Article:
martedì 24 gennaio 2012

Philipp Kremer

Can you describe your work? 
I can describe figurative painting, comparing it to film. 
You have a plot, setting, subject on the one hand, and staging, formal decisions on the other. 
Through the interaction you can balance out a complex content. 
The subject could for example be placed in a different time, while the production and execution tells quite precisely the era of creation... 
Or you can talk about dark, sad things but show an optimistic position at the same time, by being playful and funny on a formal level. 
From that point of view you could call my work “physical one-image-silent-movies”... 

What are you working on ? 
My last work is a wall installation in my studio at the Rijksakademie in Amsterdam where I combine several subjects and panels to form a scene that covers the walls. 
I  followed a baroque idea of integrating paintings into the whole design of a room and saw the contemporary equivalent to that in stretching out the painting  from the bottom to the top of the wall, creating a “theme room”. 
The panels were: a girl with a horse, a sunset, a muddy field, a tractor in front of a farmhouse. 

What inspires you? 
Mainstream culture and the way it works with stereotypes interests me as an image that we as a civilisation create of ourselves. 
When it is made in a very just, efficient way, laying blank the method, or when it uses cliches as modules creating a content that is in the end particular and abstract, it touches me...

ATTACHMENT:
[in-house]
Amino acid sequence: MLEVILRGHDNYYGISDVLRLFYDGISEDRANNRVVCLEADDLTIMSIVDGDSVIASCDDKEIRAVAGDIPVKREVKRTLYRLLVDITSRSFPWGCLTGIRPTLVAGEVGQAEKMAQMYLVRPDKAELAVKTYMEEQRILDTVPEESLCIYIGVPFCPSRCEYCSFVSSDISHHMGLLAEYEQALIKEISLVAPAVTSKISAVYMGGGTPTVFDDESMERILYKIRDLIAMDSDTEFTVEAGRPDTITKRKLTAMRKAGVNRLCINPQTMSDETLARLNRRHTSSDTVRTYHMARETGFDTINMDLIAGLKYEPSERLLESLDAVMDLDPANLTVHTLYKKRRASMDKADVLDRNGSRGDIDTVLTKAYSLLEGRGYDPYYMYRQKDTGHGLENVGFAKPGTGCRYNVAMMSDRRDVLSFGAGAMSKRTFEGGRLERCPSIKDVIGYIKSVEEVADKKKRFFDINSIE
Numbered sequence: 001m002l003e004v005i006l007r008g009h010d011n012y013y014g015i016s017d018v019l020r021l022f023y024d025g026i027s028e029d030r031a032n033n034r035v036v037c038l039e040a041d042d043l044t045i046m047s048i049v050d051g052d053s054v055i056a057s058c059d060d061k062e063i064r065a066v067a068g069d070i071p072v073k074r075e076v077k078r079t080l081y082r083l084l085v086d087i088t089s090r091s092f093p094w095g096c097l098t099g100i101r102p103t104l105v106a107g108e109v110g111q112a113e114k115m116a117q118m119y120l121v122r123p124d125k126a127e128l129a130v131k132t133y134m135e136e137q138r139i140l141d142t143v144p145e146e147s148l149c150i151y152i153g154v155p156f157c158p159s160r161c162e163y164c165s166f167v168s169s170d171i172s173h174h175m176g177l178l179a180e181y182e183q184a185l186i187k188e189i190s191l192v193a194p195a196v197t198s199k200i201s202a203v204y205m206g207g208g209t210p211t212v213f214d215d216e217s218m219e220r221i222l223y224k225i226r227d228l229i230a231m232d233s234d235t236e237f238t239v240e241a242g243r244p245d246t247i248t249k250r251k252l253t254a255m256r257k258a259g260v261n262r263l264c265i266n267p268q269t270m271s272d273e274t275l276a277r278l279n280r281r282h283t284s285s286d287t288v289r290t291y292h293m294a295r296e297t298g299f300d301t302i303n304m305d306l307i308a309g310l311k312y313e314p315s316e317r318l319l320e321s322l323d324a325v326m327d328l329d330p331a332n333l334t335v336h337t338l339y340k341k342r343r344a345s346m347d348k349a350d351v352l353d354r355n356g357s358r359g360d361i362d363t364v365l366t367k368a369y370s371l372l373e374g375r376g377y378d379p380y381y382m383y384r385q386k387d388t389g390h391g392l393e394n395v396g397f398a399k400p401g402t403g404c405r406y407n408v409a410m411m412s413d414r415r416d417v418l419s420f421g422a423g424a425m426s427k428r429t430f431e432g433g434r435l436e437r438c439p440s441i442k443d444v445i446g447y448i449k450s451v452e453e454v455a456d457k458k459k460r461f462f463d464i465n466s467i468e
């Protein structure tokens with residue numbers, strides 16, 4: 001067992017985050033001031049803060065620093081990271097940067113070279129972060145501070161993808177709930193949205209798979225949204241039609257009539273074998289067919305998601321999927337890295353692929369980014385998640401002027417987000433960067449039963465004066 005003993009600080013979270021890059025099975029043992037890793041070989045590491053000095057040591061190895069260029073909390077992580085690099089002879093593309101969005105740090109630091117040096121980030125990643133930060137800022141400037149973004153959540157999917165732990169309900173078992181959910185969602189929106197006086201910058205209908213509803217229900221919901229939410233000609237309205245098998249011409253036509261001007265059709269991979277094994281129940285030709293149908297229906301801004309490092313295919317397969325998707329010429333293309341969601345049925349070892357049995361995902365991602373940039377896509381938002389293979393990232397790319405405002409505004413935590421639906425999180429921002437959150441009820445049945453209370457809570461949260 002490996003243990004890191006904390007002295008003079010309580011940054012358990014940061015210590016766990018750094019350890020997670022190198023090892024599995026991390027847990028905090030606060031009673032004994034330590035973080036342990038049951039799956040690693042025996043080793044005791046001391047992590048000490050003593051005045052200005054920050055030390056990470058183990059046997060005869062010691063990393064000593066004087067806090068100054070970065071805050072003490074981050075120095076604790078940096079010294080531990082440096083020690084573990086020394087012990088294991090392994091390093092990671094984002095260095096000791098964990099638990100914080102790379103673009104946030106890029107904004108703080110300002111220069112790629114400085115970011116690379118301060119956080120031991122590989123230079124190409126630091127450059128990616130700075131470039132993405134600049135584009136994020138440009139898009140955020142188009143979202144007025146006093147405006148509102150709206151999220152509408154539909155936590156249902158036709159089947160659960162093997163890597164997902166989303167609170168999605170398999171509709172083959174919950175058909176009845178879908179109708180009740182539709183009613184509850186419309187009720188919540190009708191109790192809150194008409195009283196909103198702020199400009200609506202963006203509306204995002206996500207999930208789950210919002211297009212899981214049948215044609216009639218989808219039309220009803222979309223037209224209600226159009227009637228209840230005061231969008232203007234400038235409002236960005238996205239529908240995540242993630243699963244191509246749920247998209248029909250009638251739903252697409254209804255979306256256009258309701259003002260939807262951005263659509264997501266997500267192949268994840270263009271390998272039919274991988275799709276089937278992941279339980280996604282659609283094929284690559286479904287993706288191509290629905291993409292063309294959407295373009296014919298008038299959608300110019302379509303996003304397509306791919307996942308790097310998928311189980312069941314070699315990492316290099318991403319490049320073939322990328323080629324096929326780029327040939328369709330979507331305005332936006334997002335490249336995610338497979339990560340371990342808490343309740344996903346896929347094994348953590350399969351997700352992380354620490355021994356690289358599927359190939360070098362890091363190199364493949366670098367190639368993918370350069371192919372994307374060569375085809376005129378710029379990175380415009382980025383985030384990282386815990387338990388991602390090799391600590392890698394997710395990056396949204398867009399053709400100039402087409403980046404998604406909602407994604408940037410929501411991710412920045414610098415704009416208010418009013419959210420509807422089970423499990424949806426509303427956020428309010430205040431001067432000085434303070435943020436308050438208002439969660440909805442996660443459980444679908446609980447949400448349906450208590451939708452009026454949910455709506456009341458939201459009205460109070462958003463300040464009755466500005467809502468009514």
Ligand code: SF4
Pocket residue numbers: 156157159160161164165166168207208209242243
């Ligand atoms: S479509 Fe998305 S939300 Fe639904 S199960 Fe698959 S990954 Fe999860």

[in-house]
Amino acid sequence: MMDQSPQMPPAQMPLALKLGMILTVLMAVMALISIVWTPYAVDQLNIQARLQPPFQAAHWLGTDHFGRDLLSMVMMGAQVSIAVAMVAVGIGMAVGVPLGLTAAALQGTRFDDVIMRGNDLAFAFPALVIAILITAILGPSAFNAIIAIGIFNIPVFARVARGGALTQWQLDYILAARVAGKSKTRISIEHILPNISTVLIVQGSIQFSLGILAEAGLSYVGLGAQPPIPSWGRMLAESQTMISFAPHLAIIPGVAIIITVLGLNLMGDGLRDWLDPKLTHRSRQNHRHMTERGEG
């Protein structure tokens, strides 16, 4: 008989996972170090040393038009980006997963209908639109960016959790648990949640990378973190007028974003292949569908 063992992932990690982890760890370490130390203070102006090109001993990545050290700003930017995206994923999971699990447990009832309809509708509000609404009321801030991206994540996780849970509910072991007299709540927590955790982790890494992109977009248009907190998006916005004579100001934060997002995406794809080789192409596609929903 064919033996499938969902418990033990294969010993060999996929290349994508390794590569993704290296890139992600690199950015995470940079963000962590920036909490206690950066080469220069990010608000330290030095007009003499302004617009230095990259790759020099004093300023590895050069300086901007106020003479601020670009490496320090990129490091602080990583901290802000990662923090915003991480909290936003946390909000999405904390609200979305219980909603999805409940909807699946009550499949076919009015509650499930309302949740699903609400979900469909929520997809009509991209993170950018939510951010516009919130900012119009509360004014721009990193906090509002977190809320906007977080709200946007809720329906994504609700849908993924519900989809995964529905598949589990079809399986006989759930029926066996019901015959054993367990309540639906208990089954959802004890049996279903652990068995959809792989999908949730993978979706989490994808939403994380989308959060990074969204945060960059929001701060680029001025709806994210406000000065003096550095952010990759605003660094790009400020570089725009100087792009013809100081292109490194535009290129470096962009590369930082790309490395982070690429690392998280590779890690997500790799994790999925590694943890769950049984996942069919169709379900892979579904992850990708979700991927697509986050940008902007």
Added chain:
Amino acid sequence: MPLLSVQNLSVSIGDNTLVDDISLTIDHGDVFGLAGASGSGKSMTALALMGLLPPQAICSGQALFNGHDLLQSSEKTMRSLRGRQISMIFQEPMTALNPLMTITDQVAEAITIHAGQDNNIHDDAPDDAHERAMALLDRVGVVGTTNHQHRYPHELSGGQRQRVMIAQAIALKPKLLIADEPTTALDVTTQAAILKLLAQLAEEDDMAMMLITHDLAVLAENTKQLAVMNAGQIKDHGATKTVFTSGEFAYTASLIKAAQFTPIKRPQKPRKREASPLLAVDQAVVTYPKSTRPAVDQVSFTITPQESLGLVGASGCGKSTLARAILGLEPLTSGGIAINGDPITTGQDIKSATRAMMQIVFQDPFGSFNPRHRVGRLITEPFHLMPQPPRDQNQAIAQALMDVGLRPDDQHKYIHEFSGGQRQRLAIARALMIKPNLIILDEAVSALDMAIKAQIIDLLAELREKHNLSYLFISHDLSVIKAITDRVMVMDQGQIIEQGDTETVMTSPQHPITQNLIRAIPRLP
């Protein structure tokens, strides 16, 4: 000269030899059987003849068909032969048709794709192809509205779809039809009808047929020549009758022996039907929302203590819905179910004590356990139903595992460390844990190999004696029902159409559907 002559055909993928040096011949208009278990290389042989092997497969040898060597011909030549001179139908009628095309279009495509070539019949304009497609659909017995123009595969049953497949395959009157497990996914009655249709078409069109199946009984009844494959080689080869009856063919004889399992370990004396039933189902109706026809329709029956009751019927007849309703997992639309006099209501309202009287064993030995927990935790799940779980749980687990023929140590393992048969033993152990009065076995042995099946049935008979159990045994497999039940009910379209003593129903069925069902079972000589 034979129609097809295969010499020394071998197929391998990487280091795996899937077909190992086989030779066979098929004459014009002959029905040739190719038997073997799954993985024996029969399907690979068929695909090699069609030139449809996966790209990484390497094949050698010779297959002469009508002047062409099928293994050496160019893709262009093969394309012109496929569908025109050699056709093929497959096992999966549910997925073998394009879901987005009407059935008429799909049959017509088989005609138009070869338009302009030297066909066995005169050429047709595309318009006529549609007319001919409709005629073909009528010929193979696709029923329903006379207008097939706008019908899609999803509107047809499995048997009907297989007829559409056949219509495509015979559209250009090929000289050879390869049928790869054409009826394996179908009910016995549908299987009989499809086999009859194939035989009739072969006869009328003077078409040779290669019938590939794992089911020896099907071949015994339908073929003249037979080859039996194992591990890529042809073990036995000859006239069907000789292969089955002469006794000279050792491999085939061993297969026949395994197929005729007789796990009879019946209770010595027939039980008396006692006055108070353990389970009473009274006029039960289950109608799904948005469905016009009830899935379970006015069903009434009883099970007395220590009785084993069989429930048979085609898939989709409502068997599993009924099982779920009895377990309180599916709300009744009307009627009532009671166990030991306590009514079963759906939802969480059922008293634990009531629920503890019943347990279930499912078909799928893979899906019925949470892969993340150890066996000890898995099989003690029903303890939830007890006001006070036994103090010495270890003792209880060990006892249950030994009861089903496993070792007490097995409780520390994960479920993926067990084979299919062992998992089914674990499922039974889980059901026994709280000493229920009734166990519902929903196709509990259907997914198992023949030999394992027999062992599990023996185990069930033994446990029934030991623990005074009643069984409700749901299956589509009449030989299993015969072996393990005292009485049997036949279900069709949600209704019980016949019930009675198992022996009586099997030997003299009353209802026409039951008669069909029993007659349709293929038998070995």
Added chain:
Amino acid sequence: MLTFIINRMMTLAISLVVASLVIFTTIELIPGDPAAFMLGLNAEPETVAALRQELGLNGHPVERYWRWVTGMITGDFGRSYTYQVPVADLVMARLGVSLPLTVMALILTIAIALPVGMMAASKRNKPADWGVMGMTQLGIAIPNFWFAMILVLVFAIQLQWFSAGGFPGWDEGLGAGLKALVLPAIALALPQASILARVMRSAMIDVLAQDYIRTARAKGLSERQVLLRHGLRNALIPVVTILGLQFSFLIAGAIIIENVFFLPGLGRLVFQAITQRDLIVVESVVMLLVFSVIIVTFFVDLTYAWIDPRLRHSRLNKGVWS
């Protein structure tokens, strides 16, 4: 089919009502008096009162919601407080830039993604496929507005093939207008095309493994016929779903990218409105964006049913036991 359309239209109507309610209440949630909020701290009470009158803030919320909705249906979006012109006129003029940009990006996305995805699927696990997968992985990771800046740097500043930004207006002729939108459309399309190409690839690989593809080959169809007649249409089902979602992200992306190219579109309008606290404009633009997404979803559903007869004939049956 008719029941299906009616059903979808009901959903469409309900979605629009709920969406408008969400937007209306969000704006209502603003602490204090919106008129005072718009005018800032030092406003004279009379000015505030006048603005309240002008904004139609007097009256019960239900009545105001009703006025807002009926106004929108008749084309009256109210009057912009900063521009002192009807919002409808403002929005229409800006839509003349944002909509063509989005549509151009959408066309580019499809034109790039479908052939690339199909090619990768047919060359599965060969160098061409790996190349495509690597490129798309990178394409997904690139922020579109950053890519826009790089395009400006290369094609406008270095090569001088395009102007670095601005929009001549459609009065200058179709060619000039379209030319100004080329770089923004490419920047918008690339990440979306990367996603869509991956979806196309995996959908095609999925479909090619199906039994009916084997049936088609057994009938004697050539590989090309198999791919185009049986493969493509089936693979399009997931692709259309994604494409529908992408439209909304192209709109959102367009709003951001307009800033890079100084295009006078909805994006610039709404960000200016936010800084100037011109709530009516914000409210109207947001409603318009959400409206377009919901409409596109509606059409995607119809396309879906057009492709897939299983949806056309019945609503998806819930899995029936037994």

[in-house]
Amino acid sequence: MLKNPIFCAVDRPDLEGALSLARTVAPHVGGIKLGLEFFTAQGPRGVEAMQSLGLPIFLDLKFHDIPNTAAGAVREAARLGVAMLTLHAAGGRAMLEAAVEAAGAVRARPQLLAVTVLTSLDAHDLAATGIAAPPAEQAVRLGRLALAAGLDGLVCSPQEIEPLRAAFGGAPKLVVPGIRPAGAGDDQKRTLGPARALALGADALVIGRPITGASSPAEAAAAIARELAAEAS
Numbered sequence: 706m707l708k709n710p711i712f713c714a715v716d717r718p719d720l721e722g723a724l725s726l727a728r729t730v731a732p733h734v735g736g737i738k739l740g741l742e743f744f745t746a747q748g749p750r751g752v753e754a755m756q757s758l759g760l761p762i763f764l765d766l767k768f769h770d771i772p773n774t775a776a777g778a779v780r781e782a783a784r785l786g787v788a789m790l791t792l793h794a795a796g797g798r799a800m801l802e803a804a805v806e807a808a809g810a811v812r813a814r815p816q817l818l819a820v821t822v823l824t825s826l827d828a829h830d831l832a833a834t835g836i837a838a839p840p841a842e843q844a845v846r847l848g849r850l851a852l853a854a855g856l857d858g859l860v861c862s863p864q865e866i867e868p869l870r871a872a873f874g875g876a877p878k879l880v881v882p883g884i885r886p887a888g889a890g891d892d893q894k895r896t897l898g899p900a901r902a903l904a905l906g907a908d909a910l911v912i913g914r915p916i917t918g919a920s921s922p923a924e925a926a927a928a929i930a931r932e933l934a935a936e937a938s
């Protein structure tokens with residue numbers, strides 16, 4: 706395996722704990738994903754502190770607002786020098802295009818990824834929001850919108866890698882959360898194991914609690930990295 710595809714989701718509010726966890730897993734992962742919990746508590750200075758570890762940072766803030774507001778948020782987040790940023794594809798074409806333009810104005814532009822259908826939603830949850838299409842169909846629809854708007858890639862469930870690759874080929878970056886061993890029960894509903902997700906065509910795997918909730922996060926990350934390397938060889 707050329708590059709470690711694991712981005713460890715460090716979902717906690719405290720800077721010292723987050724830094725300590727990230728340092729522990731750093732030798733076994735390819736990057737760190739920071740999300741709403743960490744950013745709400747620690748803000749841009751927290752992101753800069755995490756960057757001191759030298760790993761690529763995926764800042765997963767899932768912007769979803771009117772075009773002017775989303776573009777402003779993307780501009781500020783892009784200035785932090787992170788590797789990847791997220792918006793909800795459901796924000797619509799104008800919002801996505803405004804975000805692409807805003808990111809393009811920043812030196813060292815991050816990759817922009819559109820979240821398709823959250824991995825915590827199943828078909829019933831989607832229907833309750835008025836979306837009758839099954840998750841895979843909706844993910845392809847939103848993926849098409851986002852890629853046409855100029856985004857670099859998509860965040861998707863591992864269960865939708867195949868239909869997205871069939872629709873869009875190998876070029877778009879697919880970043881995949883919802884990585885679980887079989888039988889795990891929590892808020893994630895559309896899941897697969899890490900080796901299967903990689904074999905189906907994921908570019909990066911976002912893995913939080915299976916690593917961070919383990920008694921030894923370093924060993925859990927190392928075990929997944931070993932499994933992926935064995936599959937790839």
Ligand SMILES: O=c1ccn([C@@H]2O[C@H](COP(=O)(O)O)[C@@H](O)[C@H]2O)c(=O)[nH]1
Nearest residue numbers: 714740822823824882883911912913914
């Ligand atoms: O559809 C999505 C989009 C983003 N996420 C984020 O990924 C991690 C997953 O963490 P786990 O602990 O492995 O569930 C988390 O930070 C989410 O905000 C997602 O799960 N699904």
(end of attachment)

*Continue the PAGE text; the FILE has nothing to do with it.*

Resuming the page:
Trying to trace it in an exaggerated way, with the effort to put a lot of heart and devotion to it, I deal with it in my work. 

What you hope to evoke from your viewers? 
Provocation is not easily possible today, so at least I can irritate, or squeeze the mind a little... 
But I want to be honestly feeling in the same time, it becomes a “subtle provocation”. 
I am not searching for a one-time effect, I want to iconify this ambiguity, I think there is a relevance in images that represent ambiguity. That is what I try to do with painting.

How your work has grown and changed? 
I wanted approach my work from an abstract view on painting. 
Trying to avoid narrative associations, I developed constructions with lines playing with logic, related to the human by being obviously 
When I began to introduce narration into this game again, it got more complex: I can now lay more sensitivity into the colours and the brushstrokes, and be more playful choosing the subjects.

Do you experiment with different materials a lot or do you prefer to work within 
certain parameters? 
I do experiment with painting, I play with other media, made comics and electronic music. 
Within the process of one work I strictly follow my initial plan, which always leaves space for inspired, descriptive decisions.

Can you tell me something about your residence in Rijksakademie? 
It is a special place with many interesting people and the exchange is very enriching.
To have the contact with artists from so many different places is arousing. A good place to develop my work, with fantastic facilities. 

Is there anything else you would like to add? 
Thank you.

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